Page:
Monday 23 October 2017

Dear David Coleman: How can I get my son to be more independent?

Photo posed
Photo posed
David Coleman

David Coleman

Clinical psychologist David Coleman offers parenting advice in his weekly column.

Q. My 3-year-old son shares our bed and was breastfed until recently. I only stopped because he comfort suckled all night. I work part-time and he hates me going to work. He wants me to play with him all the time and gets cross if I say I have to do something else. He seems to be so much more demanding of me than of everyone else. I do drench him in a lot of one-on-one attention 24-hours a day. I do play with him a lot, but wish he wasn't so attached to me. I guess it's normal or have I encouraged it? How can I create a little more independence from me?

David replies: You have invested in maintaining a close and loving bond with him. Your decisions to breastfeed and to co-sleep, for example, were, presumably, conscious decisions deigned to give your son the security, comfort and nutrition that you felt were best for him.

These kinds of nurturing experiences, for infants, babies and toddlers will, very definitely, add to their attachments to their primary carer - in this case you. Your son probably does see you as the most reliable person, who will always meet any need that he has.

While this places a lot of responsibility on your shoulders now, it will not always be this intense for you or for him. He is approaching, or is in, the period of development in which he will individuate, coming to the realisation that he is a separate being, rather than feeling like you and he are one being.

Even if you do nothing, he will become more independent of you naturally.

All of the one-to-one attention that you give him is good for him. Yes it does create a dependence, of sorts, on you. Your son will be used to, and will want, your time and attention if he thinks that you are available to him.

This, though, at his age and stage of development, is a very normal thing and also something very healthy and good for him. When he is thirteen you will think back fondly to these days when you are the centre of his world!

For all that is good about the attachment that your son has, with you, I do see that, practically, it might be draining and frustrating for you also.

It isn't possible to sustain such intense levels of availability, and, in the long term, it is good for your son to separate out a little from you. So, your current approach of being very available at night (assuming you are still co-sleeping) and then being less available in the day is fine.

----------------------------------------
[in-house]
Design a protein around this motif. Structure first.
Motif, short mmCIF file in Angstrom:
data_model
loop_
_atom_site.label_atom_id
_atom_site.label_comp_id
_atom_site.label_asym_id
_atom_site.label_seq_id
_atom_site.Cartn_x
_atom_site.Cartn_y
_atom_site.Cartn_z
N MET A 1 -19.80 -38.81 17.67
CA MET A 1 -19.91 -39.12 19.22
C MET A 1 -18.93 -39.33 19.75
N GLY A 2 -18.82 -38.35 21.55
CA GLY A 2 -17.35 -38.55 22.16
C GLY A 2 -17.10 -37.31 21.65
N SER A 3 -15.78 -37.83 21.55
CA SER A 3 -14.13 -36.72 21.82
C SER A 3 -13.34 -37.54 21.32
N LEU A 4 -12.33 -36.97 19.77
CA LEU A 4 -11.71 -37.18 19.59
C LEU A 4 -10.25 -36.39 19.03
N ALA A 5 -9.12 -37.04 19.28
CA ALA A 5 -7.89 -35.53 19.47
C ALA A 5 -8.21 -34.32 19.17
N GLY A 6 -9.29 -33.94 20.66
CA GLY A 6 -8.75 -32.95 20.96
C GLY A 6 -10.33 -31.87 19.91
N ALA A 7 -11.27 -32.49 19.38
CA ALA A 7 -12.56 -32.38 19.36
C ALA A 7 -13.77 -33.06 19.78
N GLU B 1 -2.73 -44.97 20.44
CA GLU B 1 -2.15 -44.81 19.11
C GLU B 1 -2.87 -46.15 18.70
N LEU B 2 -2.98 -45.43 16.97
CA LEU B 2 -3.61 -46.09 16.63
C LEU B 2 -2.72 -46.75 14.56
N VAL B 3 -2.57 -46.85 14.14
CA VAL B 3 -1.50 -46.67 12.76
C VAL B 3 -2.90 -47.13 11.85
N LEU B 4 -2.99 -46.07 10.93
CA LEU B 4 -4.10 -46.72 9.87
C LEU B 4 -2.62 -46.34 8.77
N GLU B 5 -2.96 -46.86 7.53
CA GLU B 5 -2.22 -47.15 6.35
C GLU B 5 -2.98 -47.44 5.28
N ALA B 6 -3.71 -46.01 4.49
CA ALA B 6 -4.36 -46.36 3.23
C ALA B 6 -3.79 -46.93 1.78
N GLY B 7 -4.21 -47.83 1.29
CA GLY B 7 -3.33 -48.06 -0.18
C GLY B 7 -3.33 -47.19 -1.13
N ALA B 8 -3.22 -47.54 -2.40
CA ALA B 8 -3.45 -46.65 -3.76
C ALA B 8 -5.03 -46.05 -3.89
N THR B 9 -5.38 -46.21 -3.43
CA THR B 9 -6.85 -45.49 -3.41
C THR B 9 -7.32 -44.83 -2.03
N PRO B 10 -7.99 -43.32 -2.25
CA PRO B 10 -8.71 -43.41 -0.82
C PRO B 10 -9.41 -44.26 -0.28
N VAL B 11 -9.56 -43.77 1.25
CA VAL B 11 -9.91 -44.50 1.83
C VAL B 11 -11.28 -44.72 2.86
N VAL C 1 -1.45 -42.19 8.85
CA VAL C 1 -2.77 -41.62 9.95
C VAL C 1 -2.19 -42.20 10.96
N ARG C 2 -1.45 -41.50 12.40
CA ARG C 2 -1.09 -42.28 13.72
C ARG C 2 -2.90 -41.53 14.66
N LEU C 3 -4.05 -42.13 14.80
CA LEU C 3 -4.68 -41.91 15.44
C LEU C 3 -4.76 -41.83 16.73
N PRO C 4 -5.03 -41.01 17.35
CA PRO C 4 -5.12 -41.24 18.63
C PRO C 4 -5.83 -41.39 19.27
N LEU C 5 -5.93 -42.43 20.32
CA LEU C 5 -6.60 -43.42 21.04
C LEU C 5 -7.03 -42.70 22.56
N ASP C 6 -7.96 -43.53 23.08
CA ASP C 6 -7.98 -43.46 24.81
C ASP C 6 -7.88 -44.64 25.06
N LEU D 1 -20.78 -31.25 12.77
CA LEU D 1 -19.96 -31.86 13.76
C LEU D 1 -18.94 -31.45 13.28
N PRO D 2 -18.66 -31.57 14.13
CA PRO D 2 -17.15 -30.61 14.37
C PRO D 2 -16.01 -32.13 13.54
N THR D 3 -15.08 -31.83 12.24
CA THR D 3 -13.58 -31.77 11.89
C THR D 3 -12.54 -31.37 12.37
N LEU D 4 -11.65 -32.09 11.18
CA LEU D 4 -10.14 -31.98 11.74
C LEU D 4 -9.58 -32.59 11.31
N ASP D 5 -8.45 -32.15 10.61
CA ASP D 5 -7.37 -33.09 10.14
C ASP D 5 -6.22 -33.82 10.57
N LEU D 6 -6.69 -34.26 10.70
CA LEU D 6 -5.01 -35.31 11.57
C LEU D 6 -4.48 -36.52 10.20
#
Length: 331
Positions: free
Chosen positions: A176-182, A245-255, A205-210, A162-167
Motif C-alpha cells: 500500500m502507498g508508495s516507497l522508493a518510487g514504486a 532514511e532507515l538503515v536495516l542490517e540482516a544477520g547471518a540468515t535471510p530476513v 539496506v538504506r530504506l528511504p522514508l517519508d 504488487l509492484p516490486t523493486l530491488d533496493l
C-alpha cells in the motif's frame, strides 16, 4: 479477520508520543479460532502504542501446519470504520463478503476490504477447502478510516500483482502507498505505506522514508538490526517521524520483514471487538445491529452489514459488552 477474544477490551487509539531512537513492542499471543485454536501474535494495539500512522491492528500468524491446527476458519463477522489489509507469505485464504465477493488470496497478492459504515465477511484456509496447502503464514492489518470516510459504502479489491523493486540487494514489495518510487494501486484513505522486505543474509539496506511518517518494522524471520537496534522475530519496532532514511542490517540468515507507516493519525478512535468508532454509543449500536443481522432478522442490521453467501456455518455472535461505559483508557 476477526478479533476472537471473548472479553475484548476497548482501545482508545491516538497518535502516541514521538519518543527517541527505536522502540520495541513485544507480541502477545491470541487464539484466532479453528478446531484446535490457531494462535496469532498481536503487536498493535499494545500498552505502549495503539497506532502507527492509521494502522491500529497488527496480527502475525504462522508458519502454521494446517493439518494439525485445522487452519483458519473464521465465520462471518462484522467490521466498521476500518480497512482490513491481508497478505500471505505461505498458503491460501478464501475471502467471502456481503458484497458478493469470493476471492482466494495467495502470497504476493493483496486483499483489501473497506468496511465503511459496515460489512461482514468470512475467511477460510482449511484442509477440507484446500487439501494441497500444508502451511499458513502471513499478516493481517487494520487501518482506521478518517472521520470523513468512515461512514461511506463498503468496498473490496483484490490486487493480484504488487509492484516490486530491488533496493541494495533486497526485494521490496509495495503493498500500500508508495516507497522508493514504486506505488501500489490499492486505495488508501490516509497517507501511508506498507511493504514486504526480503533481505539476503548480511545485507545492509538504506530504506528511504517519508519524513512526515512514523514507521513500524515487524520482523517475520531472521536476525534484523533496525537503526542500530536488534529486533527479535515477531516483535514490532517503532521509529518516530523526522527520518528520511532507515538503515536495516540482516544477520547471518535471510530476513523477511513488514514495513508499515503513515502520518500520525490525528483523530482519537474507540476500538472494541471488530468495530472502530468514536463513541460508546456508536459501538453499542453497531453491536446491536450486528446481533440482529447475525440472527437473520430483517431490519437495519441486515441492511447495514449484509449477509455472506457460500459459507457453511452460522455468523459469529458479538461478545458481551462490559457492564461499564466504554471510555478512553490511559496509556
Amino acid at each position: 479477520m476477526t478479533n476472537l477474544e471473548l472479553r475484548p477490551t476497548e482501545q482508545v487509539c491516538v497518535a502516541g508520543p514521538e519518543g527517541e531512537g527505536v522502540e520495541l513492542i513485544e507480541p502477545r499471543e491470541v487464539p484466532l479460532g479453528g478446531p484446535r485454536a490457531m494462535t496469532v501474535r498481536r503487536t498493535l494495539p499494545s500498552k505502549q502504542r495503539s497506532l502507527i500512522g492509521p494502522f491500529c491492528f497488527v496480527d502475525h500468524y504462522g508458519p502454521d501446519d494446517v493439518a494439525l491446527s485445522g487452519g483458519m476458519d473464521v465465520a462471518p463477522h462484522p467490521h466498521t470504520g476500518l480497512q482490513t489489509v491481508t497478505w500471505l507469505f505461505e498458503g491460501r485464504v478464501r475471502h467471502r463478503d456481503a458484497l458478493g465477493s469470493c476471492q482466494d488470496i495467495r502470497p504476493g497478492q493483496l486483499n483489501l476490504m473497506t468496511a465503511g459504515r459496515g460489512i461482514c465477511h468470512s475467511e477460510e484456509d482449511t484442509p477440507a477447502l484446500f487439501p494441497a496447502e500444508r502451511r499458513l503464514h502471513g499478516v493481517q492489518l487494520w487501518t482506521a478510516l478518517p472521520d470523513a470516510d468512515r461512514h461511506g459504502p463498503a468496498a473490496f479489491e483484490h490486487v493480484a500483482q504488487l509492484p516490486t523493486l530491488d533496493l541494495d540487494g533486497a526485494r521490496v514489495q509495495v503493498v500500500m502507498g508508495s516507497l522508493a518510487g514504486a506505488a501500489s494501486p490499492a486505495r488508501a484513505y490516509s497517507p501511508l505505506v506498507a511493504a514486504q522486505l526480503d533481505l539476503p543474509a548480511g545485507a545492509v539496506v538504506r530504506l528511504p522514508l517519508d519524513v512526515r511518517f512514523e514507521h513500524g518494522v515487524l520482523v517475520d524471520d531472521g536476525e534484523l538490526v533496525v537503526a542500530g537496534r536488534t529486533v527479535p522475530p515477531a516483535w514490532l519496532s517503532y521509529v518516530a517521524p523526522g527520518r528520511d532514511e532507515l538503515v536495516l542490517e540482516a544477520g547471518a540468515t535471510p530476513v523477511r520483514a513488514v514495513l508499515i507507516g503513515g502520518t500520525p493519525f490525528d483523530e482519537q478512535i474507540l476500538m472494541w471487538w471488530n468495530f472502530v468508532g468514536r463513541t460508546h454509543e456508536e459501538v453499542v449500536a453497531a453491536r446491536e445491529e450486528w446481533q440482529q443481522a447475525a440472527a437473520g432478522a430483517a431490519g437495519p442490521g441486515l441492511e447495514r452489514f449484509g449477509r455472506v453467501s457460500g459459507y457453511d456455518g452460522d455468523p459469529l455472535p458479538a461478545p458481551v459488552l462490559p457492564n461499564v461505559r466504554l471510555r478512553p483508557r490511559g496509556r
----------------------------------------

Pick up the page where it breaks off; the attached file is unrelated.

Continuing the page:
The key to disappointing children - when we can't give them what they want - is to disappoint them gently and kindly. So, when you are otherwise busy and occupied with running the house, it is okay to not be physically available to your son at the same time.

However, you can remain emotionally available to him, even if you are doing other jobs. That emotional availability, will be seen in your warm and understanding tone of voice as you empathise with him about how he might love to have you play and might be upset that you can't.

It will be seen in how you still acknowledge him, and whatever it is that he is doing, commenting on what you see him do. This shows him, very strongly and powerfully, that you are still connected to him, that you still notice him and that he is still important to you.

We sometimes think that small children are only satisfied by our physical presence, but in fact, they can be satisfied by our emotional connection to them also.

So, even if you can't play with him, because you are busy, you can still acknowledge him and show him that you love him by staying connected to whatever it is that he is doing. If needs be, get him to help you with whatever chores it is that you are doing.

Small children his age love to help, even if they may not be very adept at helping. Getting him involved at the sink if you are washing up, or chopping veg if you are cooking, allows him to be with you and engaged with you, while you still can get jobs done (albeit a lot more slowly).

Health & Living

Editors Choice

Also in Life